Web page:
Contrasting the excitement and optimism coming out of clinical research presented at the AIDS 2018 conference, there was a sobering takeaway in the political and advocacy sphere. Among the general consensus that we are in a fragile moment in time, there were several policies and advocacy efforts that made it to the forefront of the conference.
“Ok, so now what?” asked J. Stephen Morrison, PhD, senior vice president and director, Global Health Policy Center, Center for Strategic & International Studies. “On the one hand, we know we need to continue down the paths we’re taking, but the question is: what do we do differently today and [in] the next couple of years beyond all of the great things that are underway right now.”
Following the 2018 International AIDS Conference in Amsterdam, the Netherlands, Morrison and other experts in the HIV space convened in Washington, DC, to recap the meeting’s findings and discuss what they mean and what’s next.
Contrasting the excitement and optimism coming out of clinical research presented at the conference, there was a sobering takeaway in the political and advocacy sphere. “If you go back to the accounts of the conference and listen…there’s a certain consensus emerging, and it’s a new realism, a new consensus that is not an abandonment of hope and commitment, but it’s a recalibration of expectations,” said Morrison.
According to Morrison, there was a common acknowledgement that targets are not being met, there’s a widening deficit of political will and financial capacity, and there are daunting challenges in prevention. He also highlighted the 17 million people living with HIV who need to be reached and the stagnant new incidence rates stuck at 1.8 million.
While there has been remarkable progress in gaining hold of the epidemic and the threat of HIV has diminished significantly, this progress has formed a certain complacency that puts the globe at risk of a resurgent epidemic that is not understood at the level of political leadership, he warned.
Among the general consensus that we are in a fragile moment in time, there were several policies and advocacy efforts that made it to the forefront of the conference.
Mexico City Policy
The Mexico City Policy has a policy that took center stage at the AIDS conference. The US policy denies nongovernmental organizations from receiving US global assistance for the provision, counselling or referral for abortion, advocating to decriminalize abortion, or expand abortion services. In the last year, the policy has been expanded to include a majority of health assistance, including funding for HIV, under the United States President’s Emergency Plan for AIDS Relief (PEPFAR).
This has implications for dalutregravir, which has been linked to neural tube defects affecting babies born to women with HIV who were taking the treatment at the time of conception or early in the pregnancy, explained Greg Millett, MPH, vice president and director, public policy, amfAR. However, he noted, it’s still too early to realize the policy's impact.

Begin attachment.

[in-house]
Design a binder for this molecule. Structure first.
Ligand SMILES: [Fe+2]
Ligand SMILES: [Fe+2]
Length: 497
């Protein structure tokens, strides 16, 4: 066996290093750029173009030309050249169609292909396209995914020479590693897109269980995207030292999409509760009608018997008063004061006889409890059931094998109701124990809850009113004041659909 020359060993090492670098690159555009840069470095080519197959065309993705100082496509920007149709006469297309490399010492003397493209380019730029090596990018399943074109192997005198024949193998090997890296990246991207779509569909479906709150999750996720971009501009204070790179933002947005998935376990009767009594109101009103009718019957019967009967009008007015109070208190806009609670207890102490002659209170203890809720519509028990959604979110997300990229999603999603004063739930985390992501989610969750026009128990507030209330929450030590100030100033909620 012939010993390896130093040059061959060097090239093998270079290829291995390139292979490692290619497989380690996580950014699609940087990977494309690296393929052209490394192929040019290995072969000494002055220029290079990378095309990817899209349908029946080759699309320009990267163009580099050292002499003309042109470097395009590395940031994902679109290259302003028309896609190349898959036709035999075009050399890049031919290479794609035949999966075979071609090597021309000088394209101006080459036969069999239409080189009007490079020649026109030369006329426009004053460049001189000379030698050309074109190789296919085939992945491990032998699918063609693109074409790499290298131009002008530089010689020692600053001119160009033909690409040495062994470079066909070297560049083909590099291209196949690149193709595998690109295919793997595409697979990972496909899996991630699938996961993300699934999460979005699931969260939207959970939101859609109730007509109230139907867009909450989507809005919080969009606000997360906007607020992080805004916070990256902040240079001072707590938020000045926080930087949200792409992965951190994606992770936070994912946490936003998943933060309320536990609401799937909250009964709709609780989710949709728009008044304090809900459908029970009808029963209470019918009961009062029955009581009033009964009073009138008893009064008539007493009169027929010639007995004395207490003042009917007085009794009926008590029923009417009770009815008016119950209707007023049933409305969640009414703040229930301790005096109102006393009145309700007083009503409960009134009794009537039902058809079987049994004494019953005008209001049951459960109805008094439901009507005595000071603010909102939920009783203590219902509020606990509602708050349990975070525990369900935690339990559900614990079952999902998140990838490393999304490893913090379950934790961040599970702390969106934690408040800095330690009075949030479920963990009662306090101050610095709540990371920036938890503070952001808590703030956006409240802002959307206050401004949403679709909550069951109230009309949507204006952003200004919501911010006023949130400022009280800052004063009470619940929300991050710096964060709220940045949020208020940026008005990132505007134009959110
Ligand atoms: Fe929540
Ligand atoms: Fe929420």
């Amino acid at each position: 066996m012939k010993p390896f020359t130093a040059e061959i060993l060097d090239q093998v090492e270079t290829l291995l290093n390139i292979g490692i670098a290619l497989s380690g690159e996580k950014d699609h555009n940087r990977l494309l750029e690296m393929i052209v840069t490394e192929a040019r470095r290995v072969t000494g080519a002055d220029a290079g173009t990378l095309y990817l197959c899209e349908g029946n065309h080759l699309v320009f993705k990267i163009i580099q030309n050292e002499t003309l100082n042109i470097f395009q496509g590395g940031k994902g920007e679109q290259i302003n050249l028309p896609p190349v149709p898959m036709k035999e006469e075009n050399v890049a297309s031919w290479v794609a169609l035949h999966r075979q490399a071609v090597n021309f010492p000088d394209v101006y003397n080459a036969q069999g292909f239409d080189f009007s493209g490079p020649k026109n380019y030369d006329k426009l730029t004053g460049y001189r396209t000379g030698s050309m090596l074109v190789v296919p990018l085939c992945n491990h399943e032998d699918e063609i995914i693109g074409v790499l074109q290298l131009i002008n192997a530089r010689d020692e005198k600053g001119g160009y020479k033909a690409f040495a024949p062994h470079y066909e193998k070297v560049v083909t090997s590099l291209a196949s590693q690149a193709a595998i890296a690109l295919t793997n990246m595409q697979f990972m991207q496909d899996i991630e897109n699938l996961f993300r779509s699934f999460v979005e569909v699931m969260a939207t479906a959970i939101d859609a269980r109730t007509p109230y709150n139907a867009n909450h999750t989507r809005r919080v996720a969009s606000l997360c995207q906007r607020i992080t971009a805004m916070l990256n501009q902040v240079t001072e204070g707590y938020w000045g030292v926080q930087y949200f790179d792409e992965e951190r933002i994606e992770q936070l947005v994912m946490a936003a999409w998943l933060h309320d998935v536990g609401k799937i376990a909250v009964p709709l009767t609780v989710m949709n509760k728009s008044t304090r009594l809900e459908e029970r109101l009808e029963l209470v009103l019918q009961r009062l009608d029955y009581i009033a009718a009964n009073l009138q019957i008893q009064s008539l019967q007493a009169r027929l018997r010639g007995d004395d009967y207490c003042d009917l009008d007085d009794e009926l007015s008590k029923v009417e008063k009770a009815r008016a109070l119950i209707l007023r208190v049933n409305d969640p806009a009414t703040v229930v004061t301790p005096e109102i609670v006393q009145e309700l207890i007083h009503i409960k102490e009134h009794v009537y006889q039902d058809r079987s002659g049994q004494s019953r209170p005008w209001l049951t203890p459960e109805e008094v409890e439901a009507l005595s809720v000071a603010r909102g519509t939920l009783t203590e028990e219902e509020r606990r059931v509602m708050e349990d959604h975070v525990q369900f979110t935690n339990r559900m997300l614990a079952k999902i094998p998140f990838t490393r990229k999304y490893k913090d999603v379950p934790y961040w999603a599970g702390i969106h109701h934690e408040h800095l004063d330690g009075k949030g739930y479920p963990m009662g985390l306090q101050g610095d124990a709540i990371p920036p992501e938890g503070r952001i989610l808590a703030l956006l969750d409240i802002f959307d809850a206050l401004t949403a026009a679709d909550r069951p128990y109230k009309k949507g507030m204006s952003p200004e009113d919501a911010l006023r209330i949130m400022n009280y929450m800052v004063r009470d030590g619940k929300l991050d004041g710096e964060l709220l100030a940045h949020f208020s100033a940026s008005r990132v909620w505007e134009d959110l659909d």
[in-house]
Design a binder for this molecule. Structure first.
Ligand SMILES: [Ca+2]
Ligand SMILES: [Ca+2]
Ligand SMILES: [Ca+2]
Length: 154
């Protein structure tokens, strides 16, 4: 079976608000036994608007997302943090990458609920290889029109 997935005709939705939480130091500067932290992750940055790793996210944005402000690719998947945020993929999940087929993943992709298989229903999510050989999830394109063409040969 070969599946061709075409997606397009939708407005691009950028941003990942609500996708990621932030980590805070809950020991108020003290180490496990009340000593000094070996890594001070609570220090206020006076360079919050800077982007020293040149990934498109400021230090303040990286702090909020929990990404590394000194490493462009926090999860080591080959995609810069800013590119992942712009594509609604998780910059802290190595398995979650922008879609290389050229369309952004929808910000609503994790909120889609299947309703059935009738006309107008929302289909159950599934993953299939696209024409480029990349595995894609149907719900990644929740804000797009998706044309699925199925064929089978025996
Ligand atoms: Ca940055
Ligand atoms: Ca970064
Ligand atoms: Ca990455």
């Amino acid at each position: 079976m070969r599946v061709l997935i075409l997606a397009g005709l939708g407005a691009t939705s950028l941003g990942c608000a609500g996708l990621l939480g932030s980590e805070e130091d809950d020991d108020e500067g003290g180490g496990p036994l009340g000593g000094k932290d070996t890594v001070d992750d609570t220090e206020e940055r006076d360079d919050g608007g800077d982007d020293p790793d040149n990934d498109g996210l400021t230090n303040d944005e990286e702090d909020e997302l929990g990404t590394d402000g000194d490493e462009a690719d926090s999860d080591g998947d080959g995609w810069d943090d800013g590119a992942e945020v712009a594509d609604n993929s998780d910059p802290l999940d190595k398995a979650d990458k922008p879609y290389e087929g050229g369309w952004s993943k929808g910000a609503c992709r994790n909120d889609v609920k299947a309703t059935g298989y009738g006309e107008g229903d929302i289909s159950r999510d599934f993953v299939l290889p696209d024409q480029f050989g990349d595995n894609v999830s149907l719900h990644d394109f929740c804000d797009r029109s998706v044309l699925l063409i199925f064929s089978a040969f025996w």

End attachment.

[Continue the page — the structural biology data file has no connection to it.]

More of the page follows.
Community and Government Collaboration
One of the biggest takeaways from the conference was evidence of remarkable progress made in countries that implemented community and government collaboration. Ambassador Deborah L. Birx, the US Global AIDS Coordinator, highlighted data from Namibia. Two years ago, northern Namibia had a significant pandemic, with a 35% prevalence of HIV among women. In response, the government, the prime minister of health, and the community came together and came up with a plan.
“Yes, we had resources,” said Birx. “But, the magic secret sauce was the community and the government working together in a new way, where the government drove policy changes based on the community’s input to make these programs work.”
The result? The region went from a 40% viral suppression (VS) rate up to 70%, and the country as a whole now has a 77% VS rate. “You can’t do that in 2 years without those groups coming together,” said Birx.
In communities around the globe, 50% of men age 20 to 35 do not know their HIV status, according to Birx. And because the first 5 to 10 years of HIV are asymptomatic, these men perceive themselves as healthy and don’t have a reason to interact with the health system.
Taking on the challenge, Sir Elton John and Price Harry, Duke of Sussex, launched the MenStar coalition, setting a focus on understanding what it takes to get men into the clinic before they’re sick. The coalition is leveraging over $1.2 billion in initial funding from its partners, including PEPFAR, the Elton John AIDS Foundation, the Global Fund to Fight AIDS, Johnson & Johnson, and Gilead.
Also at the forefront of the conference, the International AIDS Society (IAS) Lancet Commission released a report that painted a grim picture for the future of HIV response and outcomes.
“We wanted to take a big picture look at where we were in the response and thinking about reaching the next 17 million people living with the virus who are not being treated and thinking about these issues around key populations that we’re not reaching,” said, cochair of the Commission Chris Beyrer, MD, John Hopkins Bloomberg School of Public Health, and past president of the International AIDS Society.
He highlighted key takeaways from the report, which mirrored warnings from Morrison, including that we are not done with HIV/AIDS, it’s too early to call victory, and the risk of a resurgent epidemic are real. Beyrer added that there are a potential number of wins if we can do better with engaging in an evidence-based, step-wise fashion with other areas of health, most notably HIV and tuberculosis. He referenced progress made in South Africa and Kenya as a result of integration with noncommunicable diseases, such as hypertension and diabetes.